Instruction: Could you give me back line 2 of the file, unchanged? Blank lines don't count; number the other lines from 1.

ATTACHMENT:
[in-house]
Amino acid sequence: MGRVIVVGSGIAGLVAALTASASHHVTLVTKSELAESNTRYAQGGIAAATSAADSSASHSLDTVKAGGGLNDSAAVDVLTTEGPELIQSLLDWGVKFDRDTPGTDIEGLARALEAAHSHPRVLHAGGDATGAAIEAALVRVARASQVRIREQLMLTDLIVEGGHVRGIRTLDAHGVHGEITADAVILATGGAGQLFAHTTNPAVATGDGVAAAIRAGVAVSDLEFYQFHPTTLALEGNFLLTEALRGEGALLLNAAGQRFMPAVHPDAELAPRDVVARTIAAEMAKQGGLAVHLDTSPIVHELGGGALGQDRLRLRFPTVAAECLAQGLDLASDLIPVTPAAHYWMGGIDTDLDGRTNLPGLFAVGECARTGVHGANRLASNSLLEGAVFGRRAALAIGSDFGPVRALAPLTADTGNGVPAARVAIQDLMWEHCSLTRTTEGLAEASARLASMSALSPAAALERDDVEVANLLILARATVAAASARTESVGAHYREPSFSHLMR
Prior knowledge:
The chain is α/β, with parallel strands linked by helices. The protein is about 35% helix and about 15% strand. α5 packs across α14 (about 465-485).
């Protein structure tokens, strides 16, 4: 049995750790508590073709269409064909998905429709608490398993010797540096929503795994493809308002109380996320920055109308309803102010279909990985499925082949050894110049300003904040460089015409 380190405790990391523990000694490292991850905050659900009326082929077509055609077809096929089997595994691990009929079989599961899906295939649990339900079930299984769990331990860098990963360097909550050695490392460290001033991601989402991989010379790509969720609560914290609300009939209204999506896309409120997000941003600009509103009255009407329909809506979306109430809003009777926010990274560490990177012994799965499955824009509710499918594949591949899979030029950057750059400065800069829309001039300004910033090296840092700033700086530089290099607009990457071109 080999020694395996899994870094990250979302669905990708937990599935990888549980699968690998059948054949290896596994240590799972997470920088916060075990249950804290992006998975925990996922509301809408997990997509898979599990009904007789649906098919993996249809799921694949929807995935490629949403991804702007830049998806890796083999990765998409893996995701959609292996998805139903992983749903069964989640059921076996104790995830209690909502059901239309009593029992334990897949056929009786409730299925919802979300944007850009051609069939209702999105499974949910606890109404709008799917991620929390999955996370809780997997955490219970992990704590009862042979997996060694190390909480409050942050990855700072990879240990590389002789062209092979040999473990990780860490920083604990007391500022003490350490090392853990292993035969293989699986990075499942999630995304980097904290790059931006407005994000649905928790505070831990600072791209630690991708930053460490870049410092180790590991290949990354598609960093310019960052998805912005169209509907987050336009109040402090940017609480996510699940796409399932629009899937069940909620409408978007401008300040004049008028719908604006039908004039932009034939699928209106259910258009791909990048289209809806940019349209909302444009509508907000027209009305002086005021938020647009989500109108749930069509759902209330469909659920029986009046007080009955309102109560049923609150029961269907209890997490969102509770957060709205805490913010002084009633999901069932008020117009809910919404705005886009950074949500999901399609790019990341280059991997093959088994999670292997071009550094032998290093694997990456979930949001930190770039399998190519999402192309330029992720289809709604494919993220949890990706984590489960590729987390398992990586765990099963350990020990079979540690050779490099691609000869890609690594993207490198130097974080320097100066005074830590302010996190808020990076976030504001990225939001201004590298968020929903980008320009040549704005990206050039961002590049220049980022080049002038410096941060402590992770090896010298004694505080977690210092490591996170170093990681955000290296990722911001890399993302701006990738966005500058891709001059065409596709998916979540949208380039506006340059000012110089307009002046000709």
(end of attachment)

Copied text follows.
Amino acid sequence: MGRVIVVGSGIAGLVAALTASASHHVTLVTKSELAESNTRYAQGGIAAATSAADSSASHSLDTVKAGGGLNDSAAVDVLTTEGPELIQSLLDWGVKFDRDTPGTDIEGLARALEAAHSHPRVLHAGGDATGAAIEAALVRVARASQVRIREQLMLTDLIVEGGHVRGIRTLDAHGVHGEITADAVILATGGAGQLFAHTTNPAVATGDGVAAAIRAGVAVSDLEFYQFHPTTLALEGNFLLTEALRGEGALLLNAAGQRFMPAVHPDAELAPRDVVARTIAAEMAKQGGLAVHLDTSPIVHELGGGALGQDRLRLRFPTVAAECLAQGLDLASDLIPVTPAAHYWMGGIDTDLDGRTNLPGLFAVGECARTGVHGANRLASNSLLEGAVFGRRAALAIGSDFGPVRALAPLTADTGNGVPAARVAIQDLMWEHCSLTRTTEGLAEASARLASMSALSPAAALERDDVEVANLLILARATVAAASARTESVGAHYREPSFSHLMR